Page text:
Library groups gripe about Google Book Search

Google's book-search program has allies and enemies among librarians. Now three library groups have filed complaints, but not an objection, to a book-search legal settlement.

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Stephen Shankland
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Three groups representing hundreds of libraries lodged a long series of concerns about a proposed settlement of lawsuits over Google Book Search on Monday--but refrained from objecting overall.

Specifically, the American Library Association, the Association of College and Research Libraries, and the Association of Research Libraries expressed some affinity for Google's mission of sharing books with the public, but raised concerns in a legal filing that the settlement would concentrate power in Google's hands and poses pricing and privacy concerns.

Google has patented technology for scanning books.
Google has patented technology for scanning books. U.S. PTO

Google is scanning millions of books, presenting their contents online at the Google Book Search site and blending some information into its regular search results, but the move triggered lawsuits by the Association of American Publishers and the Authors Guild. A proposed settlement of the class-action suit would permit Google to share some contents of books online--not just those that are in the public domain and those still being sold with which Google has agreements with publishers, but also those that are still in copyright but out of print.

The settlement terms are of high interest to the library world. Under the proposed settlement, Google would offer a free computer terminal in U.S. libraries that would permit people to read books online and a subscription service that would permit paying customers, such as larger libraries, to offer more computer terminals. In cases where readers or institutions pay for access to online books, funds would be divided between Google and a proposed independent non-profit group, the Book Rights Registry, set up to handle payments, find authors and other rights holders, and let them include or exclude their works from the project.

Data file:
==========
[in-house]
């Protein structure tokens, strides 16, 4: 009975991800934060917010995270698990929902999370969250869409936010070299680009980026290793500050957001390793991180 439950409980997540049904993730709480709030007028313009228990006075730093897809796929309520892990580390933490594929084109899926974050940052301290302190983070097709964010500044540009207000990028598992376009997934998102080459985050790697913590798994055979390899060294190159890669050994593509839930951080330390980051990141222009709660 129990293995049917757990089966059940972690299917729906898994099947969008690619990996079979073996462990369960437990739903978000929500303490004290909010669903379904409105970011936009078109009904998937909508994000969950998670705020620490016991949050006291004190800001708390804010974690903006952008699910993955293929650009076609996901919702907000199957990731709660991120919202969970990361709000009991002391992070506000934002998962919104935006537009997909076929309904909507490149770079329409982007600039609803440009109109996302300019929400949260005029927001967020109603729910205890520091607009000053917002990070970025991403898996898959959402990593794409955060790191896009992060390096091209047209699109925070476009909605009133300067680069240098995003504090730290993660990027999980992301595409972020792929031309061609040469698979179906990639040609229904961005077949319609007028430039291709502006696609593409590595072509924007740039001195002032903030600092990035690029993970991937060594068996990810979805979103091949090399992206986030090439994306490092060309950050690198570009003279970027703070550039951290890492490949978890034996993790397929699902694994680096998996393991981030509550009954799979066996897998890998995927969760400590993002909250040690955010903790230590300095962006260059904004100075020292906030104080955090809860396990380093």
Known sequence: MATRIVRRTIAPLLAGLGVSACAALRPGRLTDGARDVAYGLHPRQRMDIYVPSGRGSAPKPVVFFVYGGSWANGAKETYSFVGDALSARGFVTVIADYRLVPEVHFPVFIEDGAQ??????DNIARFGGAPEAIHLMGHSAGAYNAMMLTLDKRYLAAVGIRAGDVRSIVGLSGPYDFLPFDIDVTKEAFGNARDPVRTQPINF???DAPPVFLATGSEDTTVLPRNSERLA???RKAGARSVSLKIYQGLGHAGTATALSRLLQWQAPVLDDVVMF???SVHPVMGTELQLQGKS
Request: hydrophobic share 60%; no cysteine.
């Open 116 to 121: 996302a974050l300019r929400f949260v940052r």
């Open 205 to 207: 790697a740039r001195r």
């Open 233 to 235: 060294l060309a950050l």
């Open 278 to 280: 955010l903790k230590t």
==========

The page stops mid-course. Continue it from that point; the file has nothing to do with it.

"The library associations do not oppose approval of the settlement. The settlement has the potential to provide unprecedented public access to a digital library containing millions of books," the groups said in their filing. "However, the digital library enabled by the settlement will be under the control of Google and the Book Rights Registry. Moreover, the cost of creating such a library and Google's significant lead-time advantage suggest that no other entity will create a competing digital library for the foreseeable future."

That power could put libraries at a disadvantage, they argue.

"We are concerned that the cost of an institutional subscription may skyrocket, as academic journal subscriptions have over the past two decades," said Erika Linke, president of Association of College and Research Libraries, in a statement.

Added Jim Rettig, president of the American Library Association, the proposed settlement "offers no assurances that the privacy of what the public accessed will be protected, which is in stark contrast to the long-standing patron privacy rights libraries champion on behalf of the public."

In its response, Google looked on the sunny side but didn't address pricing or privacy details: "We're pleased that the thousands of librarians and libraries represented by the ALA recognize the promise of our groundbreaking agreement, and we appreciate that the Library Associations do not oppose approval of the settlement. Google is proud to partner with dozens of libraries around the world as part of our Book Search efforts, and we have consistently maintained that, if approved by the court, our settlement agreement stands to unlock access to millions of books for users in the U.S."

But the library groups struck a more sober tone in their filing. Take, for example, this section on the power Google would get by virtue of obtaining online publishing rights through the class action settlement:

The settlement of copyright class action litigation might well have been the only feasible way this research tool could have been created. A class action settlement provided perhaps the most efficient mechanism for cutting the Gordian knot of the huge transactions costs of clearing the rights of millions of works whose ownership often is obscure. However, the class representatives and Google structured the settlement in such a manner as to give them enormous control over this essential facility. This is not surprising, given their economic interests. Indeed, precisely because of their economic interests, it is unlikely that they would have agreed to a structure that did not grant them such control.

To be sure, nothing in the Settlement prevents another entity from undertaking a mass digitization effort similar to Google's. But given the enormous cost of such an effort, and Google's significant lead time advantage (Google has been digitizing in-copyright books since 2004), no other entity is likely to so in the near future. Hence, there is no foreseeable threat to the control Google and the Registry have over this essential research facility.